Tuesday, 30 September 2014
As you know I get sent new products to try out from time to time and a few weeks ago I was sent a lovely hamper from the Lake District Dairy Co, containing their new Cooking sauces along with some fresh ingredients so that I could cook some recipes using the new flavours . . . Garlic & Herb, Tomato & Basil and Tikka Sauces.
Included in the hamper were all the necessary ingredients so that I could cook Gnocchi with Spinach and Tomat & Basil Quark Sauce, Chicken Tikka & Quark Rice, and Spaghetti Quarkonara.
First a bit about the sauces:
The new Lake Districk Dairy Co. Cooking sauces are ideal for those who are pressed for time and who are health conscious. Naturally low fat, convenient and naturally nutritious they taste deliciously indulgent, yet because they are made with Quark, they boast half the calories and treble the protein of other stir-in dairy sauces. They recently won an award at the World Dairy Innovation Awards. You can simply swap these cooking sauces into recipes as an alternative to traditional dairy ingredients such as creme fraiche or double cream to create a variety of healthy and flavoursome day to day dishes, from creamy carbonaras to tantalizing tomato bakes.
The first recipe I tried was Chicken Tikka & Quark Rice. The sauce itself was delicious as was the finished dish, however the recipe was inconsistent with the ingredients sent, with uncooked rice being called for in the recipe and a pouch of already cooked rice being sent in the hamper. I decided to go with the recipe and used uncooked rice.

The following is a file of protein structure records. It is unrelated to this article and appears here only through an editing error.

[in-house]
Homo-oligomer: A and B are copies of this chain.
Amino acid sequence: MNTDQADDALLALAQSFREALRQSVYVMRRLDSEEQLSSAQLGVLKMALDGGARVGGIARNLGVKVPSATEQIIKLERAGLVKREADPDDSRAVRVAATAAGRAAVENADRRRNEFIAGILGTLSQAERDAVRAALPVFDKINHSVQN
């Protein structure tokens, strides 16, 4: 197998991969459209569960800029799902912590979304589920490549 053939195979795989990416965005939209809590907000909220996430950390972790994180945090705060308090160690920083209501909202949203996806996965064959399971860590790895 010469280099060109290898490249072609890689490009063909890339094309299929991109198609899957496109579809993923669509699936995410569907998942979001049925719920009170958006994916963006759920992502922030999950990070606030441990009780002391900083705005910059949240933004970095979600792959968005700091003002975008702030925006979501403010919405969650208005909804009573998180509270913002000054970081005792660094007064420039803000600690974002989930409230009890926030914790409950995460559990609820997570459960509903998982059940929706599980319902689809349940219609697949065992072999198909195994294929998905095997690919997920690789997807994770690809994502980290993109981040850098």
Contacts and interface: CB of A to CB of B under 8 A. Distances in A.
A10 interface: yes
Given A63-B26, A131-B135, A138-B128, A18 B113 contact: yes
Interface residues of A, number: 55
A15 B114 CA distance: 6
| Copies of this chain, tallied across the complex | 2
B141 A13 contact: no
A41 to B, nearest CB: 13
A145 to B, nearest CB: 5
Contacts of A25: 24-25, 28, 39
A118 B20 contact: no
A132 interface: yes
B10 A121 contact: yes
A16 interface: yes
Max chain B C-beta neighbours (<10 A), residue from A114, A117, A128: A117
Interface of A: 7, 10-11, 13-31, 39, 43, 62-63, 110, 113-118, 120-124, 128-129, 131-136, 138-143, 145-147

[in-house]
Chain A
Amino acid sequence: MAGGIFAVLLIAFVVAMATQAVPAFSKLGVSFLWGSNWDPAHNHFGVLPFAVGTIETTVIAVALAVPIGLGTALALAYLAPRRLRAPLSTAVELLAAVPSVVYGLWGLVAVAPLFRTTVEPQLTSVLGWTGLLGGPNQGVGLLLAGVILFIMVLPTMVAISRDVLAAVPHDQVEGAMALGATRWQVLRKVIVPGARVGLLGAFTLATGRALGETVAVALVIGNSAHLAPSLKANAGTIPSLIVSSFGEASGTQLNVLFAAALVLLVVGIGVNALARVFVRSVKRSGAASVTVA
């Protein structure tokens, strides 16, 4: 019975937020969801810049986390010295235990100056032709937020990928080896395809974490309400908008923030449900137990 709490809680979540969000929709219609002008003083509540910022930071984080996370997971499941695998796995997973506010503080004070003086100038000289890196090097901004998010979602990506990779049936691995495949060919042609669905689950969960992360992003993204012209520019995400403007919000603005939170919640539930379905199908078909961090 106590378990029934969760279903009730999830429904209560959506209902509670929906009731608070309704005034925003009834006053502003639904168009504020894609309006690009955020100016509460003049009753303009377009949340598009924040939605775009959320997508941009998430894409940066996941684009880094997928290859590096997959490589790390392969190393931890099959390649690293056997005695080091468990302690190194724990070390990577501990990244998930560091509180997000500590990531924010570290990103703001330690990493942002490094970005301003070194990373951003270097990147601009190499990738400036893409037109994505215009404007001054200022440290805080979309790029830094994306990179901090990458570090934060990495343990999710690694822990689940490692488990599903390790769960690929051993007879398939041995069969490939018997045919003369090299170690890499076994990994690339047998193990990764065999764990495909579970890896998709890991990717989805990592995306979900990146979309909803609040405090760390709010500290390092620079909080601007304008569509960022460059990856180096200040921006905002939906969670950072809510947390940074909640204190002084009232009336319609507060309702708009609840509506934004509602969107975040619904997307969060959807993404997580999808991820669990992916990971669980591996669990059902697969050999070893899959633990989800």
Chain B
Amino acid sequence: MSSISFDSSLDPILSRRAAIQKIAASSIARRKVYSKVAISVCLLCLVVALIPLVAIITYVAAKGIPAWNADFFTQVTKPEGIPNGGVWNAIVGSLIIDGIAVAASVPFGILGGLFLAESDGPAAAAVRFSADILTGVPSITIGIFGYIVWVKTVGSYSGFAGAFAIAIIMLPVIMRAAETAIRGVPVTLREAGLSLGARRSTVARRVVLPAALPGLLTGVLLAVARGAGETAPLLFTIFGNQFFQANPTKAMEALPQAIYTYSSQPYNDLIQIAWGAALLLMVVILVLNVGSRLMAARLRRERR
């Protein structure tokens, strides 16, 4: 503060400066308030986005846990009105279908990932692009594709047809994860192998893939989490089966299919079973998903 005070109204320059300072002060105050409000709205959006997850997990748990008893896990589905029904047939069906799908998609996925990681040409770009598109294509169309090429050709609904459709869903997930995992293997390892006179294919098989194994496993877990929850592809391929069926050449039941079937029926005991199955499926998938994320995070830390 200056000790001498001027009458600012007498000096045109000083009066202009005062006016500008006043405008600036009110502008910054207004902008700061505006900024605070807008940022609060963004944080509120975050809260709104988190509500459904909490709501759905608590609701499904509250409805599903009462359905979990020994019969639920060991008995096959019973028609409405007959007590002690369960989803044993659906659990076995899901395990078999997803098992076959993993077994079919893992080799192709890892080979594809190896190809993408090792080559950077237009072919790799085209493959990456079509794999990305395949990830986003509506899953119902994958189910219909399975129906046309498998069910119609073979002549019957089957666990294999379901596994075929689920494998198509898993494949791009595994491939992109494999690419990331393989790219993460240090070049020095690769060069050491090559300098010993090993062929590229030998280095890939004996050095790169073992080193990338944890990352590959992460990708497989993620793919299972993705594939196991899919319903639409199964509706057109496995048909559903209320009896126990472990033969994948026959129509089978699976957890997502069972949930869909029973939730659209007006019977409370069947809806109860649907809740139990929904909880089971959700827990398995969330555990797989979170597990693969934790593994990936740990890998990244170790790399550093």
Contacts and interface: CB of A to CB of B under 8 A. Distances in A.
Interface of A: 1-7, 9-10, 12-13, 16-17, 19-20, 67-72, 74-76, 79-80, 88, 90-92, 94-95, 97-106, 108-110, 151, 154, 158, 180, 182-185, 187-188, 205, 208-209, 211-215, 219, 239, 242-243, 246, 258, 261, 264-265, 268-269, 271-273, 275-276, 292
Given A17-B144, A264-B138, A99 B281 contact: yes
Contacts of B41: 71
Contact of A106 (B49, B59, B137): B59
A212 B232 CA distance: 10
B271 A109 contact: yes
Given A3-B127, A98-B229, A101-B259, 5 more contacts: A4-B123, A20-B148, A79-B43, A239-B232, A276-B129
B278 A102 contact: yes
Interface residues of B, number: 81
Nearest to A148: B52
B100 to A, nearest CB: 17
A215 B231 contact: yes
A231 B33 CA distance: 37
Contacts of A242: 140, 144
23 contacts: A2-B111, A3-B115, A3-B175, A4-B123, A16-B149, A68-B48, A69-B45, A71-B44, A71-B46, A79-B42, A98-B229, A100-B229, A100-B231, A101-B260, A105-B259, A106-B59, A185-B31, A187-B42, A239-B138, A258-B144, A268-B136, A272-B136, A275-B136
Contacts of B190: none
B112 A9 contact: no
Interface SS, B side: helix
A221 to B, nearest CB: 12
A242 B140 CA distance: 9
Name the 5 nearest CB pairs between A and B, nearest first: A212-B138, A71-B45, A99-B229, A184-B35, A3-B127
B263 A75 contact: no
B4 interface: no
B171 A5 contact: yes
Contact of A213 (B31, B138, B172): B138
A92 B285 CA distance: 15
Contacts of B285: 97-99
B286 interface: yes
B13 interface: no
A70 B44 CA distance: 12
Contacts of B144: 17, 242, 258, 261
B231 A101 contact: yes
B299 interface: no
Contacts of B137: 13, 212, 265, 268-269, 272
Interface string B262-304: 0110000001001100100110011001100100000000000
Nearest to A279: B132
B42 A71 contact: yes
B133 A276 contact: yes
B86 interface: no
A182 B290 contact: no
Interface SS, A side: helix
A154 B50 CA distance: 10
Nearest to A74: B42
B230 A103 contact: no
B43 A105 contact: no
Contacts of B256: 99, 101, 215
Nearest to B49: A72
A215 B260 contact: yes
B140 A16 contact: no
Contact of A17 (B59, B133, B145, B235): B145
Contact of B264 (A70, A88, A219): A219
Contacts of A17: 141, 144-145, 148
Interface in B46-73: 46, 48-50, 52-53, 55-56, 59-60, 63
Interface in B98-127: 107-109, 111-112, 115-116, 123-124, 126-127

This was our favourite of all the dishes cookes. Coming in at only 382 calories a serving, it was quite satisfying and very delicious. We all really enjoyed this.
(click on photo to enlarge recipe)
The Lake District Dairy Co - Naturally Low Fat Tikka Cooking Sauce
(RRP £1.75 per 200g pot)
One of the nation's favourites - a beautiful blend of herbs and spices for perfect curry dishes with minimal fuss. contains NO preservatives or artificial flavours
Nutrition (per 100g)
75 kcals, 4.5 g Sugar, 2.6g Fat, 0.6g Saturates, 0.74g Salt
The next dish I cookes was Gnocchi with Spinach and Tomato & Basil Quark Sauce. Everything for the recipe was included. It went together very easily and I found the sauce to be quite delicious.
The finished dish was attractive and very tasty. We all really enjoyed this as well.
(again click on photo to enlarge recipe)
The Lake District Dairy Co. - Naturally Low Fat Tomato & Basil Cooking Sauce
(RRP £1.75 per 100g pot)
Great for adding a sumptuous Italian twist to meat and pasta dishes.
Contains NO preservatives or artificial flavours.
Nutrition (per 100g)
79kcals, 6.3g Sugar, 2,8g Fat, 0.6g Saturates, 0.83g Salt
The final recipe which I cooked was Spaghetti Quarkonara using their Garlic & Herb Sauce. I have to say that we did not enjoy this recipe at all. First of all, I thought there was too much pasta per sauce ratio, and I would never use quick cooking spaghetti myself. I would like to try it again, using regular spaghetti and less pasta per sauce.
The ham added nothing to this recipe. You couldn't even taste it really. I added peas because I thought it could use some colour, but again, this wasn't our favourite dish.
(Click on photo to enlarge)
The sauce itself was quite flavourful, but this recipe let it down in my opinion. I would use the sauce again in another way, but not this recipe.
The Lake District Dairy Co. - Naturally Low FAt Garlic & Herb Cooking Sauce
(RRP £1.75 per 200g pot
Smooth and indulgent, with a deliciously fresh garlic taste - great for mixing with fish, chicken or pasta.